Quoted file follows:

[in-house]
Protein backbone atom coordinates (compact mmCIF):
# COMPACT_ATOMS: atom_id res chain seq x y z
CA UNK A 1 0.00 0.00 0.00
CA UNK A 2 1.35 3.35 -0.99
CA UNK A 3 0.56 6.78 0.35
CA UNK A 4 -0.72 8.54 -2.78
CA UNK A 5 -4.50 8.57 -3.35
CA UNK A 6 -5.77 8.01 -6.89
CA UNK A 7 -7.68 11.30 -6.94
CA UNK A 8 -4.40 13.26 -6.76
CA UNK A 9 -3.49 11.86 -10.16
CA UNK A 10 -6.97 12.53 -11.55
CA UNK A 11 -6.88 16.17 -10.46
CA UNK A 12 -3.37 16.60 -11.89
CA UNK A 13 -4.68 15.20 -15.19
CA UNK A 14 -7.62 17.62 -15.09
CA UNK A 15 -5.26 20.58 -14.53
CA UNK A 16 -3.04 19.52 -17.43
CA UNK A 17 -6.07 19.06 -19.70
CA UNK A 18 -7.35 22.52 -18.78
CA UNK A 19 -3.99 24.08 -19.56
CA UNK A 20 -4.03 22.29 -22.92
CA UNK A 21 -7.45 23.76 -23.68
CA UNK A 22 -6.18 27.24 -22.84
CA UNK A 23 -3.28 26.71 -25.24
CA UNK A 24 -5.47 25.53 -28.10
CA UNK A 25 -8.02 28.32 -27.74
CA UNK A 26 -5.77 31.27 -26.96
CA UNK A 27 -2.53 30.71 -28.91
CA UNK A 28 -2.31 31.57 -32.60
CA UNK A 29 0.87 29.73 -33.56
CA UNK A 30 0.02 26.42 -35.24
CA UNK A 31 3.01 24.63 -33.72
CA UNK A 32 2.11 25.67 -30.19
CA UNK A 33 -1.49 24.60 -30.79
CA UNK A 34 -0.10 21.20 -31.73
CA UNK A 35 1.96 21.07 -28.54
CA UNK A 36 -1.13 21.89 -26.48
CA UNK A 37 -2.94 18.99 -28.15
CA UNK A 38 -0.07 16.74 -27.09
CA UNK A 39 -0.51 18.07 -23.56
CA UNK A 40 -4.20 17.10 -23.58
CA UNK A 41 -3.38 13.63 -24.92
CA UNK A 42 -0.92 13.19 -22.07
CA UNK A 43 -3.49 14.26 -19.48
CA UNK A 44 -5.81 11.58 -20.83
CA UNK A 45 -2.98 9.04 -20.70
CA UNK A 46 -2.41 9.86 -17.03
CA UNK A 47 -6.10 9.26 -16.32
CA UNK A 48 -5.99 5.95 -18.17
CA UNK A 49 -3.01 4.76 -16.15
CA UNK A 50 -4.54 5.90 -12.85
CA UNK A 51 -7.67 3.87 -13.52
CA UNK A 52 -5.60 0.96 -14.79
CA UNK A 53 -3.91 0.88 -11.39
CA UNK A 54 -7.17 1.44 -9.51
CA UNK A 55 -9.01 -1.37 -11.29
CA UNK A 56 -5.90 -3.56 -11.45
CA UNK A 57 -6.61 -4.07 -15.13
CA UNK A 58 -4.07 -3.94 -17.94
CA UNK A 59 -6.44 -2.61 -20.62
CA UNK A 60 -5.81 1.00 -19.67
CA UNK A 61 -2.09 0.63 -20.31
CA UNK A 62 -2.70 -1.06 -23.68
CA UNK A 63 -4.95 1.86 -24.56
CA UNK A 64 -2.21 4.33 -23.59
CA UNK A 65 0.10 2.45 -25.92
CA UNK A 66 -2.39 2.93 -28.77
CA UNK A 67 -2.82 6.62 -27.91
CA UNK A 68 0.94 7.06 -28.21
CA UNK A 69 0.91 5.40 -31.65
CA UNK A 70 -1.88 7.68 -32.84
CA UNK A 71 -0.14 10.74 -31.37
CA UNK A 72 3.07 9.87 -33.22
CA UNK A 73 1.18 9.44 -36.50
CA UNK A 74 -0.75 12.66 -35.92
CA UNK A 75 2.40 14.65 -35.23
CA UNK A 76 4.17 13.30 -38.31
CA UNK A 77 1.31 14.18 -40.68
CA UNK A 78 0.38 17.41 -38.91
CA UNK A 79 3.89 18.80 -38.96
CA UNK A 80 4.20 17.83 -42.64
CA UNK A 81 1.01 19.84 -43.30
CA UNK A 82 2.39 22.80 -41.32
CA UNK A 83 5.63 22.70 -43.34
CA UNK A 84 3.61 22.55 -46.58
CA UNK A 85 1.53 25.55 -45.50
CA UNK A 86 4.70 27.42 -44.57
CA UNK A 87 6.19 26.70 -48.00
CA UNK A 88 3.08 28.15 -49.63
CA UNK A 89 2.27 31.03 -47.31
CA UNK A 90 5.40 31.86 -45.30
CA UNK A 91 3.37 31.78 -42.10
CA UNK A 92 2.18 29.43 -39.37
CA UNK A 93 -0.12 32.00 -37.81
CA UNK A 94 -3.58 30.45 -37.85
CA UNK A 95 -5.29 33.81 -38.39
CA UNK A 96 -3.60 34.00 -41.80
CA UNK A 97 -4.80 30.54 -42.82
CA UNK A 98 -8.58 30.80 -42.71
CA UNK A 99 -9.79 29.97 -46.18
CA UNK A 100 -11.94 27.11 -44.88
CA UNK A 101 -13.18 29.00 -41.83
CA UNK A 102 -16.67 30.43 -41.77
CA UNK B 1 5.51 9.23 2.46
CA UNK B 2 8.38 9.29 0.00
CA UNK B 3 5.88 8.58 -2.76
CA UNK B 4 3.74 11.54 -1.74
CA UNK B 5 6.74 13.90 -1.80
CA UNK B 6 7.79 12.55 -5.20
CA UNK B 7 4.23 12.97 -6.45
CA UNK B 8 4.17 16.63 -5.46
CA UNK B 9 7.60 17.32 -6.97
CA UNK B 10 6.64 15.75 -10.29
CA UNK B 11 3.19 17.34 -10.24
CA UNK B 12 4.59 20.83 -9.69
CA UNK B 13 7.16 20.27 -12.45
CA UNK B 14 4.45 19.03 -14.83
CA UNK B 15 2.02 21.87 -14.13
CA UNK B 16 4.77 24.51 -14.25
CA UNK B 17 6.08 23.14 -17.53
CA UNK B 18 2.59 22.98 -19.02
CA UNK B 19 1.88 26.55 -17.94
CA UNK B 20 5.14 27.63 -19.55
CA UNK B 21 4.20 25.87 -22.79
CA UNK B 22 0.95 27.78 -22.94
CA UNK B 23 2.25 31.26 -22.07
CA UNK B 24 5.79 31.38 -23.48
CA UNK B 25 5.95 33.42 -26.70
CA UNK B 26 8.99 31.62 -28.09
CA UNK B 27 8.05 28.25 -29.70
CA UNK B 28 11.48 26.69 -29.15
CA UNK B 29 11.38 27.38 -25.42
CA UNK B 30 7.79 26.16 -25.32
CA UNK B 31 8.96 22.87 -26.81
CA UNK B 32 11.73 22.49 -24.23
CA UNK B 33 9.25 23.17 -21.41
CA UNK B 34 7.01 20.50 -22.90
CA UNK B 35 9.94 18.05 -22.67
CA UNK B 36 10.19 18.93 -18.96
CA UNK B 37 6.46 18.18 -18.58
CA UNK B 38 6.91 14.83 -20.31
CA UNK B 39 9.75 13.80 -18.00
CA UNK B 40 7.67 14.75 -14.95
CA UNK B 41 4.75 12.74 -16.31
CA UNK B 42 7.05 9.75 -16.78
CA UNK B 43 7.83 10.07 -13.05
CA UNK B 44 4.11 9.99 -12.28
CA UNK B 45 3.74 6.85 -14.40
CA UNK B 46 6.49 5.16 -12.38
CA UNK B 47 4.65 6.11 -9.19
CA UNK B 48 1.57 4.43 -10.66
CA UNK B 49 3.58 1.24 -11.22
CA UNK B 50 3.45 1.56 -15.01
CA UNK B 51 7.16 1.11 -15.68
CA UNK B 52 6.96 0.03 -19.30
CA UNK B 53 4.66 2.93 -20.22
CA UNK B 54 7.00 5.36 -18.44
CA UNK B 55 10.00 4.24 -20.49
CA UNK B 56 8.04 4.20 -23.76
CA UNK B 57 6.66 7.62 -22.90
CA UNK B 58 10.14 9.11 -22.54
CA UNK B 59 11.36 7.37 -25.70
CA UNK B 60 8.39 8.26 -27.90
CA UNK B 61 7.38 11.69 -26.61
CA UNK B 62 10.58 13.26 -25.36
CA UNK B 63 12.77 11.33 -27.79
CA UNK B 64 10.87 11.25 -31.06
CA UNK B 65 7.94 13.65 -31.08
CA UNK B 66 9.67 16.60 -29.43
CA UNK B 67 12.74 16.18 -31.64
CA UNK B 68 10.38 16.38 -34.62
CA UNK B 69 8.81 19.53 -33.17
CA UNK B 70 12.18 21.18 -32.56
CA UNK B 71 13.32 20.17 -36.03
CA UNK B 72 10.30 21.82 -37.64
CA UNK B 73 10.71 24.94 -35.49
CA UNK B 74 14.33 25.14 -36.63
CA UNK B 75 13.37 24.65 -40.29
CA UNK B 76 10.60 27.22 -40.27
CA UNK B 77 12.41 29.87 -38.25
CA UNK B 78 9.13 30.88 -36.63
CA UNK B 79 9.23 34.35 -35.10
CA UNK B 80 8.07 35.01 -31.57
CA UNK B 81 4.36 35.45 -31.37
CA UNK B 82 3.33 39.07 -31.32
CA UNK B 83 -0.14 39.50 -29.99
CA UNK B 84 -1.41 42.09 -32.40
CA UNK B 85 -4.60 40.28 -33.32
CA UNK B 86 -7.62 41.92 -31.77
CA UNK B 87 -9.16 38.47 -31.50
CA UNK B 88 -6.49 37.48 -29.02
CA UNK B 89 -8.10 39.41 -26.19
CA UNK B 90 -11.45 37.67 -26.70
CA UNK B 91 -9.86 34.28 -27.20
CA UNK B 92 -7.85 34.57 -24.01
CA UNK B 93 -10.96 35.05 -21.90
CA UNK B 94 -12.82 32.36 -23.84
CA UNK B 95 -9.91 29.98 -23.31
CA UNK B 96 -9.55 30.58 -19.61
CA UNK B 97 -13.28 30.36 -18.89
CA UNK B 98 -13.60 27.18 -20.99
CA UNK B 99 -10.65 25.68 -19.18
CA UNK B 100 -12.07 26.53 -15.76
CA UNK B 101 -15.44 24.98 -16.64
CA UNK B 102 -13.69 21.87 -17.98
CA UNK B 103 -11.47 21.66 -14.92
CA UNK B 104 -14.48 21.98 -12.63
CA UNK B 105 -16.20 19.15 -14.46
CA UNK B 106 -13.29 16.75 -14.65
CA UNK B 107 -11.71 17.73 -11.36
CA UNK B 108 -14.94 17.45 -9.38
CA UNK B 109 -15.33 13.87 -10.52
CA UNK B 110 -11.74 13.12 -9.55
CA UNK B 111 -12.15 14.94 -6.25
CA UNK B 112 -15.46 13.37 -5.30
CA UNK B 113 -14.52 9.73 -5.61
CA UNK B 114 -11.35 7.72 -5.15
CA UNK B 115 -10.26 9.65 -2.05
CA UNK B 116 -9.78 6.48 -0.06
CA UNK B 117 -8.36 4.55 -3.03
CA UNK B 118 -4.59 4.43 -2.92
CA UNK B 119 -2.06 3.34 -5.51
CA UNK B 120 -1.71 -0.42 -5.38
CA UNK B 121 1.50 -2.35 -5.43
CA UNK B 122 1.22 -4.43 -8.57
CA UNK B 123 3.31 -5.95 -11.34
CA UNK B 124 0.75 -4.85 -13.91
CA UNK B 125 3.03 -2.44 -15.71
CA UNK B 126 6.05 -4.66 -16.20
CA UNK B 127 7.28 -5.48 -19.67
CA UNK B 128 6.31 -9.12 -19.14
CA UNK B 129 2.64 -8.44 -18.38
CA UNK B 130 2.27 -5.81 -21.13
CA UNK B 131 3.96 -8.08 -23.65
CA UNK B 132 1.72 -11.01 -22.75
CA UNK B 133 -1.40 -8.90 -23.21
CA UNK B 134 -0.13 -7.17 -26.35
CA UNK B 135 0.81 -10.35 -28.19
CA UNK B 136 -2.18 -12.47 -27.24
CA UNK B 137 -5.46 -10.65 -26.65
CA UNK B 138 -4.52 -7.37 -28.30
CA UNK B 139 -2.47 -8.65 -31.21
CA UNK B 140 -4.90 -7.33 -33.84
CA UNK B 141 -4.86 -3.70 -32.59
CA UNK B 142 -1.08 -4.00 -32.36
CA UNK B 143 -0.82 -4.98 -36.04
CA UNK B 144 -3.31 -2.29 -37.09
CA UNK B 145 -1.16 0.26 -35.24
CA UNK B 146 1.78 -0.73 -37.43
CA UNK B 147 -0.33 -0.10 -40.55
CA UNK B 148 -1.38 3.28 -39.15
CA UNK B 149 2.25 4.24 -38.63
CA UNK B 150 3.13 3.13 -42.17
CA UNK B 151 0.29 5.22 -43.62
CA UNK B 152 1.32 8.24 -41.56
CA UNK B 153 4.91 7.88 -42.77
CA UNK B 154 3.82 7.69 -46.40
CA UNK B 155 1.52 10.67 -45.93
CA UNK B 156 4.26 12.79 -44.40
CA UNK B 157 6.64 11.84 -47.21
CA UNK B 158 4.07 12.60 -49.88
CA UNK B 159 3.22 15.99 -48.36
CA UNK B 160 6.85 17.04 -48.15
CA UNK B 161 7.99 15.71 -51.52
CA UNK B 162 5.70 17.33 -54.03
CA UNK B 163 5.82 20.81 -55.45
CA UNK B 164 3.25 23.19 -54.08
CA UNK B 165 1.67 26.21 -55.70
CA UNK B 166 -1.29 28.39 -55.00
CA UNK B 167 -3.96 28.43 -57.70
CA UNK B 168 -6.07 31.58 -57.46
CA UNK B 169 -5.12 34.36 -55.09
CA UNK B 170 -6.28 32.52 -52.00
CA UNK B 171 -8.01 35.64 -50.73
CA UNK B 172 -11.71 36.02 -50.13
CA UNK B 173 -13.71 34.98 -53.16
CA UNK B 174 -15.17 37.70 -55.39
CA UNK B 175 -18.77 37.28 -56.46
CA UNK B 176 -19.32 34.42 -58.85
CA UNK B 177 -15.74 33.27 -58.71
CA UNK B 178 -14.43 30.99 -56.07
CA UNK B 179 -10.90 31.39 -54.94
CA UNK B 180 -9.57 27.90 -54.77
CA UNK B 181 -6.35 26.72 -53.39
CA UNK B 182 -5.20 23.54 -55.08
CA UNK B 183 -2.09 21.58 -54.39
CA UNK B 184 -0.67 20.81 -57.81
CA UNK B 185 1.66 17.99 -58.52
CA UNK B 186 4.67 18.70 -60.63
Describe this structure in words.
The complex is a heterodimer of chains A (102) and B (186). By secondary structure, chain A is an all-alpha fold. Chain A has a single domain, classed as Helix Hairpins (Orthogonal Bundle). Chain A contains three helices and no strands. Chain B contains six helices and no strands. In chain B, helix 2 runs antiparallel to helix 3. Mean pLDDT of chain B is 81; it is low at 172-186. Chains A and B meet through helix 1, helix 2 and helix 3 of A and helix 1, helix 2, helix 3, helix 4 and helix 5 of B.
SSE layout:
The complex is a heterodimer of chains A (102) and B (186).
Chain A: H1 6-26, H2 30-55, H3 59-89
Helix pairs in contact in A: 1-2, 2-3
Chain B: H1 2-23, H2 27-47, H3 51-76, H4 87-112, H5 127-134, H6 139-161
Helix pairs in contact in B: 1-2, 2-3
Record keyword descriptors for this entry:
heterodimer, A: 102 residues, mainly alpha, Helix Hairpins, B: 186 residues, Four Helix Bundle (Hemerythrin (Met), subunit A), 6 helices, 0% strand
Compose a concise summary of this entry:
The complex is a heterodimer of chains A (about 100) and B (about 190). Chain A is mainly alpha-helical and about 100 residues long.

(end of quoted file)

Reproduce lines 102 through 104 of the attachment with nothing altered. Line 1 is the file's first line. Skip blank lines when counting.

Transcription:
CA UNK A 99 -9.79 29.97 -46.18
CA UNK A 100 -11.94 27.11 -44.88
CA UNK A 101 -13.18 29.00 -41.83